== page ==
Work four days a week, but get paid for five? It sounds too good to be true, but companies around the world that have cut their work week have found that it leads to higher productivity, more motivated staff and less burnout.
“It is much healthier and we do a better job if we’re not working crazy hours,” said Jan Schulz-Hofen, founder of Berlin-based project management software company Planio, who introduced a four-day week to the company’s 10-member staff earlier this year.
In New Zealand, trust company Perpetual Guardian reported a fall in stress and a jump in staff engagement after it tested a 32-hour week earlier this year.
Even in Japan, the government is encouraging companies to allow Monday mornings off, although other schemes in the workaholic country to persuade employees to take it easy have had little effect.
Britain’s Trades Union Congress (TUC) is pushing for the whole country to move to a four-day week by the end of the century, a drive supported by the opposition Labour party.
The TUC argues that a shorter week is a way for workers to share in the wealth generated by new technologies like machine learning and robotics, just as they won the right to the weekend off during the industrial revolution.
“It would reduce the stress of juggling working and family life and could improve gender equality. Companies that have already tried it say it’s better for productivity and staff wellbeing,” said TUC economic head Kate Bell.
Lucie Greene, trends expert at consultancy J. Walter Thompson, said there was a growing backlash against overwork, underlined by a wave of criticism after Tesla boss Elon Musk tweeted that “nobody ever changed the world on 40 hours a week.”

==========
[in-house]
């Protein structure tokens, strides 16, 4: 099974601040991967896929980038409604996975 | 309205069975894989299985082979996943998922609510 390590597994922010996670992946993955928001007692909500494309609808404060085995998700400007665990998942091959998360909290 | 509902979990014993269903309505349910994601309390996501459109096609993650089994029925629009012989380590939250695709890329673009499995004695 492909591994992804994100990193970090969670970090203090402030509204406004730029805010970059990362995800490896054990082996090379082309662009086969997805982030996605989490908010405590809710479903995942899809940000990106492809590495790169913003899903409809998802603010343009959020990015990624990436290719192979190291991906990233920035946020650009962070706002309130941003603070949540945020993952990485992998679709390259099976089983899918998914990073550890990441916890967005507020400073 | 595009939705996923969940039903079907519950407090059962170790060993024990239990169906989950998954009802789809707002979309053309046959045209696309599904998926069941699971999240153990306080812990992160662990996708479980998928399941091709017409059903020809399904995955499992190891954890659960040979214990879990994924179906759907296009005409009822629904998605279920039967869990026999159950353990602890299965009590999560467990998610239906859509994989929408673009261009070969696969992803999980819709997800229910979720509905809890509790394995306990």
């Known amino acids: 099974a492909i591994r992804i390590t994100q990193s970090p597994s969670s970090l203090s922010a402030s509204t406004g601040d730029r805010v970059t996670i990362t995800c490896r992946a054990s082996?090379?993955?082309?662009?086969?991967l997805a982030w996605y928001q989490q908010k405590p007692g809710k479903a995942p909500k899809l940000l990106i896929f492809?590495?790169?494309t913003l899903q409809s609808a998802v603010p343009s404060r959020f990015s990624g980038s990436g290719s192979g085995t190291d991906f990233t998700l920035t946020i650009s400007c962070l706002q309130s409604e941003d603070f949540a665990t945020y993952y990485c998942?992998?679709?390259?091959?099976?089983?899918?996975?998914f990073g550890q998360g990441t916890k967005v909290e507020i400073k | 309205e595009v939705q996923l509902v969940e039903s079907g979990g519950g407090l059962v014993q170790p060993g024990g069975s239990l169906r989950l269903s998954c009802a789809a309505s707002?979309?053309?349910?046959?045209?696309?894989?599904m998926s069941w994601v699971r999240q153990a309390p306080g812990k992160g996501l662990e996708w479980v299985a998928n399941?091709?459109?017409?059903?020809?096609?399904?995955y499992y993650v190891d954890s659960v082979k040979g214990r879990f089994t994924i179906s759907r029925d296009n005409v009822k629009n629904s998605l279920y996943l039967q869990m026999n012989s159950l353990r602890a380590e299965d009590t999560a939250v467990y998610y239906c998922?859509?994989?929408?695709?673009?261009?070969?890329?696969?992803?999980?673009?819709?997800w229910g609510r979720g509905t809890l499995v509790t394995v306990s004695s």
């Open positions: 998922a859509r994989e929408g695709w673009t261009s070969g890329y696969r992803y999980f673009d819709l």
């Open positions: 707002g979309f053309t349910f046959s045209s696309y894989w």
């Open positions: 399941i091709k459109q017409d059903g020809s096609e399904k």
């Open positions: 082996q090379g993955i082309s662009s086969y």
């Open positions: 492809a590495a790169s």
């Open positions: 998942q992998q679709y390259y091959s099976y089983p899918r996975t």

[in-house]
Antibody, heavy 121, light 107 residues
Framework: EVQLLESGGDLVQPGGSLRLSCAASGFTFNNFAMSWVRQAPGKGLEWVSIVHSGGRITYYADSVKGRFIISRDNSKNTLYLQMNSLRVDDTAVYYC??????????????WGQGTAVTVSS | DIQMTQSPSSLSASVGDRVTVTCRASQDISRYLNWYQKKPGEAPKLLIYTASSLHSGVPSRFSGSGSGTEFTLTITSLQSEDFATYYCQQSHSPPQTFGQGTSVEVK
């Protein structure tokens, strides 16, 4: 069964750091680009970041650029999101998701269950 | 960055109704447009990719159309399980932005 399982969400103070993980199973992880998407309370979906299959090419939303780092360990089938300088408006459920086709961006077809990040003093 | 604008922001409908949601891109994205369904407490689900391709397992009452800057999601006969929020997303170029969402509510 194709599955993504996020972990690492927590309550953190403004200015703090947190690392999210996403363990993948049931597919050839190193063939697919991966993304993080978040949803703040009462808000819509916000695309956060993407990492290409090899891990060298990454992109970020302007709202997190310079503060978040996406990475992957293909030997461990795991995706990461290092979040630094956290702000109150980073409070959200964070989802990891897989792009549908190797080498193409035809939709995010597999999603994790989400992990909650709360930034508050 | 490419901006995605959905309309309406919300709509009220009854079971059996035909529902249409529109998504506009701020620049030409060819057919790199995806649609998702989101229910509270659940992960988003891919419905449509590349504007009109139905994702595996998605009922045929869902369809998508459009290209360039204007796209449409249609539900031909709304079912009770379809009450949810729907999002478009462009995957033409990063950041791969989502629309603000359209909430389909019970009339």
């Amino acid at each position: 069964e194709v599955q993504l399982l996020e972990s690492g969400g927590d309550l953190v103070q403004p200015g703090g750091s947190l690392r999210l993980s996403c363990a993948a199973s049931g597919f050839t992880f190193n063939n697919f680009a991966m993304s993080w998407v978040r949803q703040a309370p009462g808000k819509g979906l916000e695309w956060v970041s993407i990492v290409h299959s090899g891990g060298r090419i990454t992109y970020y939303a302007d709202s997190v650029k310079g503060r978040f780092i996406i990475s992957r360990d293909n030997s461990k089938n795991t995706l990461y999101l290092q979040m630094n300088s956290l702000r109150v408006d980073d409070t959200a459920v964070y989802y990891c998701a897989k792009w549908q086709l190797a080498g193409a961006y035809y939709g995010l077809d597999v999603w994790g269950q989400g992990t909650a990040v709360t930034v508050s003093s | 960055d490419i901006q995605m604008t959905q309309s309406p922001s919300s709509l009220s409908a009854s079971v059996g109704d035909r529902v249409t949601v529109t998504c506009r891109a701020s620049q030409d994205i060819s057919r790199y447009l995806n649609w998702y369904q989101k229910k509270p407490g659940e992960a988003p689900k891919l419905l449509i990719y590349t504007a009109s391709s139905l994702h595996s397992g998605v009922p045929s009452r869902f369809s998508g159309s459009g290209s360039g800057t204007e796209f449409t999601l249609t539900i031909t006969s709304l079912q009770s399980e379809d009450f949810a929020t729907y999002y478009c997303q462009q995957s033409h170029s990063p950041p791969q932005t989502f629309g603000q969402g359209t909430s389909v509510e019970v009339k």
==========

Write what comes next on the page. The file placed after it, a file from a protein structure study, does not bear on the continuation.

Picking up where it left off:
“People are starting to take a step back from the 24-hour digital life we have now and realize the mental health issues from being constantly connected to work,” Greene said.
A recent survey of 3,000 employees in eight countries including the United States, Britain and Germany found that nearly half thought they could easily finish their tasks in five hours a day if they did not have interruptions, but many are exceeding 40 hours a week anyway – with the United States leading the way, where 49 percent said they worked overtime.
“There has been work creep. Because you always have the technology, you are always working, so people are getting burned out,” said Dan Schawbel, director of executive development firm Future Workplace, which conducted the survey with Kronos.
Schulz-Hofen, a 36-year-old software engineer, tested the four-day week on himself after realizing he needed to slow down following a decade of intense work launching Planio, whose tools allowed him to track his time in detail.
“I didn’t get less work done in four days than in five because in five days, you think you have more time, you take longer, you allow yourself to have more interruptions, you have your coffee a bit longer or chat with colleagues,” Schulz-Hofen said.
“I realized with four days, I have to be quick, I have to be focused if I want to have my free Friday.”
Schulz-Hofen and his team discussed various options before settling on everybody working Monday to Thursday. They rejected the idea of flexible hours because it adds administrative complexity, and were against a five-day week with shorter hours as it is too easy for overwork to creep back in.
Clients who call on a Friday hear a recorded message explaining why nobody is at the office.
“We got an unexpected reaction from customers. Most of our clients did not complain. They were just jealous,” Schulz-Hofen said.
Grey New York, an ad agency owned by WPP, launched a program in April to allow staff to work a four-day week for 85 percent of their full-time salary.
Schawbel expects the idea to catch on in more companies and countries, but probably not his own: “I think America will be the last country to give us Monday mornings off because we’re so used to this way of working.”
(Reporting by Emma Thomasson, editing by Rosalba O’Brien and Lauren Young)
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